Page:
For months L.A. MoCA’s “Art in the Streets” exhibition has been a source of hype and controversy, but it’s not the only street-focused show worth seeing this month. Opening tomorrow night at Shepard Fairey’s Subliminal Projects, “Art, Access & Decay: 1975–1985” features early works from some 40 artists including DAZE, Keith Haring, Jenny Holzer, Joe Lewis and David Wojnarowicz, among many others. “I wanted to do something a little more roots,” says gallery director Katherine Cone, who joined Subliminal last summer after serving as gallery director for Robert Berman’s C2 Gallery for three years. “Street [art] really started at a time when these people were working in dilapidated suitcase shows where there were Sol LeWitt drawings for $15 and people were making their own T-shirts. That’s what I wanted to highlight, this creative time of decay when artists used the city and whatever they had at their disposal.”
The show isn’t meant to rival MoCA’s, explains Cone, but she does hope for the two to “walk side by side.” It’s an ambitious goal for an ambitious director, who’s been progressively transforming Fairey’s exhibition space from a “hobby” operation to a real destination that hopes to balance street and fine art by the likes of Raymond Pettibon, Ryan McGinness, Alex Prager, Mary Jane Ansell and Jonathan Yeo. Cone says the idea for “Art, Access & Decay” started when she began talking to L.A. critic Peter Frank last fall and he suggested roping in photographer Lisa Kahane to co-curate. She had just released a book called Do Not Give Way To Evil: Photographs of the South Bronx, 1979–1987, which chronicles the South Bronx cultural center Fashion Moda during those years.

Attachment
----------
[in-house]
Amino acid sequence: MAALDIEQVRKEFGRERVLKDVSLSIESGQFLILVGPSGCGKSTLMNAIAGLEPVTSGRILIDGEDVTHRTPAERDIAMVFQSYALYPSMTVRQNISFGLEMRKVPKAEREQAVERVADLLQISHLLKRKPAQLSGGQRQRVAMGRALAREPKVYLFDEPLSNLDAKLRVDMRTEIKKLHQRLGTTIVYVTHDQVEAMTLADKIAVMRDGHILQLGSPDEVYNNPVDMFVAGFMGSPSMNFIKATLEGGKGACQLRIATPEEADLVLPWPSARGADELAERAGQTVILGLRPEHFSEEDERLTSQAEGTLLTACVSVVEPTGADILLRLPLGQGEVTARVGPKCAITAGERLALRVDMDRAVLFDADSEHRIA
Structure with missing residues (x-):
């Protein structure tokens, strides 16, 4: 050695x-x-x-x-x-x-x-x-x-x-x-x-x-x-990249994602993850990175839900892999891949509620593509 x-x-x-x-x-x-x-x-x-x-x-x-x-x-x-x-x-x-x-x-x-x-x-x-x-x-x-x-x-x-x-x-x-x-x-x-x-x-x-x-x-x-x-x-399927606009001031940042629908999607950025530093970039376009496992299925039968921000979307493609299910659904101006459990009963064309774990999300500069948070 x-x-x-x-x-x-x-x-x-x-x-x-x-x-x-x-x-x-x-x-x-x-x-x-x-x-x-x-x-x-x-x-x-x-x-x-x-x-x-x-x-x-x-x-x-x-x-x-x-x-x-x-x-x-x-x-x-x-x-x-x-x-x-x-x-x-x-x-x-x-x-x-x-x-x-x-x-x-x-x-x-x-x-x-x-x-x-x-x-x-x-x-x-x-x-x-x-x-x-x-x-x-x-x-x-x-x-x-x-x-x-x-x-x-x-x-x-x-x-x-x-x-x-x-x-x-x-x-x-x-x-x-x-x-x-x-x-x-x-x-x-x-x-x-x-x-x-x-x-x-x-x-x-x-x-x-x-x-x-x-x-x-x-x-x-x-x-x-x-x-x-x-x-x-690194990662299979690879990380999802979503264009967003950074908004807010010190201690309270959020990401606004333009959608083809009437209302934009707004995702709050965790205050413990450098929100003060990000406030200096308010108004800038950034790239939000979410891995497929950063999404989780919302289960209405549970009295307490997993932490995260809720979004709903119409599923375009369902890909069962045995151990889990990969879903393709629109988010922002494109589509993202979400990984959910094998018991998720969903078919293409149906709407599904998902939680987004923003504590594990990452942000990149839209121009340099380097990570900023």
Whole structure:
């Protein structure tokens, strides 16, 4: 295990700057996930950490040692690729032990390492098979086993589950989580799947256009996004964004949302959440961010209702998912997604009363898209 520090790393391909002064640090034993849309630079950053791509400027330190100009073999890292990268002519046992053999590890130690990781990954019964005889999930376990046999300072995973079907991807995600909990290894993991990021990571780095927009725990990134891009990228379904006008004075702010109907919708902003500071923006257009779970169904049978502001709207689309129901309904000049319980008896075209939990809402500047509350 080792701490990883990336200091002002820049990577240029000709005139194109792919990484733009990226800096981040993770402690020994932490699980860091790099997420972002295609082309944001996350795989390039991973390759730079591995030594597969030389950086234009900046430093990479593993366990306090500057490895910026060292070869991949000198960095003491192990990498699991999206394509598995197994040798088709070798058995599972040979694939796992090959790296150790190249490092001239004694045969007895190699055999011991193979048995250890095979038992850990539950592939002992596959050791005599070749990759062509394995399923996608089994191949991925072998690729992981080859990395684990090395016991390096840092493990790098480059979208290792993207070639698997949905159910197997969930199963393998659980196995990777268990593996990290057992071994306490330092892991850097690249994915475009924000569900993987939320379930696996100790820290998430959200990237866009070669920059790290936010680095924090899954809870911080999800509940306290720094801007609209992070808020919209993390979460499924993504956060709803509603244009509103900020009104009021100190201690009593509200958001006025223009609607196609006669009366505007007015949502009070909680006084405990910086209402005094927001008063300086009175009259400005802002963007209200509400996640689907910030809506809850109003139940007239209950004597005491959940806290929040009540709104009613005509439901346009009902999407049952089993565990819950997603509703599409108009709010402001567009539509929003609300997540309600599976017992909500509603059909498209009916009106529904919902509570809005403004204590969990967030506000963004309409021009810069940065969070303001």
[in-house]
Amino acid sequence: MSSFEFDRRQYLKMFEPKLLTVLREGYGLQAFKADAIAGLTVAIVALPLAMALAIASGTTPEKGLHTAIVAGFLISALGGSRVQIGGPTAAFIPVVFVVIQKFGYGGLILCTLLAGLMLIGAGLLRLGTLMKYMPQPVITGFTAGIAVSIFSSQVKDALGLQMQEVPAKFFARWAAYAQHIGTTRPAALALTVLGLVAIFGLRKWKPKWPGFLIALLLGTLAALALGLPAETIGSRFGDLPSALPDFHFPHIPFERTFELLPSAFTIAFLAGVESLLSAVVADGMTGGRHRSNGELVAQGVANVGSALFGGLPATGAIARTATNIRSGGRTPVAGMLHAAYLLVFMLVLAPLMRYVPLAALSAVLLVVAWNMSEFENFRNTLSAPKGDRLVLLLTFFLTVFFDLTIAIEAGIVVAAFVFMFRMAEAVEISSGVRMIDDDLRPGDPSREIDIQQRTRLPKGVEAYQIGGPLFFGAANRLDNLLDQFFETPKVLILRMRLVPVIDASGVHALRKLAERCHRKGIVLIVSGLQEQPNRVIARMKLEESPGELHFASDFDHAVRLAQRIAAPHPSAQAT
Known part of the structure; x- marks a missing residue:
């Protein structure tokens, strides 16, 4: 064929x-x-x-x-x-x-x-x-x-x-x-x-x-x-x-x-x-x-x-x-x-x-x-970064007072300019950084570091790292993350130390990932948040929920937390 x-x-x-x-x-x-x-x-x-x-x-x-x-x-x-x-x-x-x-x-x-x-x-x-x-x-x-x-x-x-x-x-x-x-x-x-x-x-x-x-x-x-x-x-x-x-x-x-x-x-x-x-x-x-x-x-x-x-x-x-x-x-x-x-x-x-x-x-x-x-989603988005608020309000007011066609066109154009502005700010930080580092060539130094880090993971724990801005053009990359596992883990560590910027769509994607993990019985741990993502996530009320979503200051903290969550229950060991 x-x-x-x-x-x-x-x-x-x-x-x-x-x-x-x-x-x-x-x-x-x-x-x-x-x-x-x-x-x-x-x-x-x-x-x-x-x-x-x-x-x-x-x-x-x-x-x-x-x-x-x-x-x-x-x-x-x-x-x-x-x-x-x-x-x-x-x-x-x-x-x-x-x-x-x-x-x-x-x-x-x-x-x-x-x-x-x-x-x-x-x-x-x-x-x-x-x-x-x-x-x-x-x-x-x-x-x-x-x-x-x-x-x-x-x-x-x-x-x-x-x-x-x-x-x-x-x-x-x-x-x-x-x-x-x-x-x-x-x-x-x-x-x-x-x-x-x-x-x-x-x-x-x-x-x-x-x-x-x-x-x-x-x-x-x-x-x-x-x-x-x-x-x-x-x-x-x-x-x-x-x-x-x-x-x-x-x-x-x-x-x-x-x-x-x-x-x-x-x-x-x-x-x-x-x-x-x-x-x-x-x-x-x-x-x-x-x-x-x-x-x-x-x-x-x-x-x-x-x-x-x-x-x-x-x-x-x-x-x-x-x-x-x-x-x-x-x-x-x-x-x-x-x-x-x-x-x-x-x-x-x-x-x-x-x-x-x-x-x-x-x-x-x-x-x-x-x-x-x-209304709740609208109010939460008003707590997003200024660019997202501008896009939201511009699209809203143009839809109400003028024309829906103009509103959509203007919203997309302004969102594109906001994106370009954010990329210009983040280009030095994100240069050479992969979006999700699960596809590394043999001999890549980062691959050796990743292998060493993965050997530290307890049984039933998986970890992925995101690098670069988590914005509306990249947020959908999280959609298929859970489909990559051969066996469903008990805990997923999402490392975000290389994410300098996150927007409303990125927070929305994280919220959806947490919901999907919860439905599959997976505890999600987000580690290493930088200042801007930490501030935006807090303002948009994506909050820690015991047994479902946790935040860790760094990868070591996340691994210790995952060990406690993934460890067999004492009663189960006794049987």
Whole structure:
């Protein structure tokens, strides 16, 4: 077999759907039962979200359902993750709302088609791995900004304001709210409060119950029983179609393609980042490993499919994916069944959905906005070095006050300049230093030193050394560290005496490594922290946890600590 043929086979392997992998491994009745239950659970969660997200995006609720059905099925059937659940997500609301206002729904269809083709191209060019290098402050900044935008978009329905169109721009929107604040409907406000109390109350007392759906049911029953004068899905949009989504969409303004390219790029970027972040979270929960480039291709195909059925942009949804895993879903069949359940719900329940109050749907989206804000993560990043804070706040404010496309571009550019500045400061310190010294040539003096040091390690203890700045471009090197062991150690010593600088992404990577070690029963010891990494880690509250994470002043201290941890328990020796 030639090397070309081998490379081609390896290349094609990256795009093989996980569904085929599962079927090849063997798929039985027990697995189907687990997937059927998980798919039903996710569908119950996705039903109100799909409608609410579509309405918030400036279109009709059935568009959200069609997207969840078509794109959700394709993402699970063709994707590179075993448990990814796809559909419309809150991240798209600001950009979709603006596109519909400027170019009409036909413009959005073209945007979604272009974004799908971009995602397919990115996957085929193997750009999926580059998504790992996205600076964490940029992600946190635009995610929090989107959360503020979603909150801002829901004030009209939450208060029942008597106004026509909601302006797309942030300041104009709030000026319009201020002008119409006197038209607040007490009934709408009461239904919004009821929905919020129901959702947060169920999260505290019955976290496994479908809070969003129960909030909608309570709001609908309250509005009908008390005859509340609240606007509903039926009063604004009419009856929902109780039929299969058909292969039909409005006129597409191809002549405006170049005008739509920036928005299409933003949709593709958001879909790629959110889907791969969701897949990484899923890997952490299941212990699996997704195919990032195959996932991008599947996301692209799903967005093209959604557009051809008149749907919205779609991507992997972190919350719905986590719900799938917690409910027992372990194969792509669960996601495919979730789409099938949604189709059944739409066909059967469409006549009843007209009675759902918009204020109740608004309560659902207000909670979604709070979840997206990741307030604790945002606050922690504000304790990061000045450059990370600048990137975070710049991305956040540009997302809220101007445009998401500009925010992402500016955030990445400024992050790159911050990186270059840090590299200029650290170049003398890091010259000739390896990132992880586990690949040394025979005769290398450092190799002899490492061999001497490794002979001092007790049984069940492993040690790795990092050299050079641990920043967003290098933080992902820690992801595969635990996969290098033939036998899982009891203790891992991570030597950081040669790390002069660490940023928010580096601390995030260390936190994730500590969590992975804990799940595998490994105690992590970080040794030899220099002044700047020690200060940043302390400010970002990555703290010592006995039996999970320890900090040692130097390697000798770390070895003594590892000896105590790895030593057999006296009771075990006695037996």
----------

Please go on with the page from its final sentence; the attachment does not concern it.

“All of these D.I.Y. artists were coming together at that time and [Kahane] had all this work documenting these artists doing their art and she’s basically still in touch with all of those people,” adds Cone, who flew to New York during Armory Week to meet with all the living participants in the show at Kahane’s studio. “Some of them hadn’t seen each other in 30-plus years. It was pretty amazing to hear their stories and to pull out the original zines showing work that’s in this show.”
To add context, Kahane has hung her photographs beside many of the original works. You’ll see her picture of Joe Lewis assuming the position in a Moda jacket next to the artist’s 1982 pencil drawing The Mine, or a picture of Keith Haring beside a catalog he tagged with a marker, along with original posters from the historic Real Estate and Times Square shows. Other highlights include Andrea Callard’s rental-market-skewering photo montage, Lots of Space, Great Light, Christy Rupp’s “Reagan Rat” stencil on the cover of the February 19, 1981 edition of the Times (which augured the Great Communicator’s “Day of Reckoning”), and Stefan Eins’s paint-splashed wood collage titled Horseshoe Crab.
“Looking at this work, I can only imagine what these artists were feeling at the time” says Cone, recalling an impromptu series of D.I.Y. collaborations between her boss and Pettibon that she facilitated at breakneck speed for Subliminal’s recent punk show, “Too Fast To Live, Too Young To Die.” Cone adds that “art is about remembering the time, and that’s what this current show does.”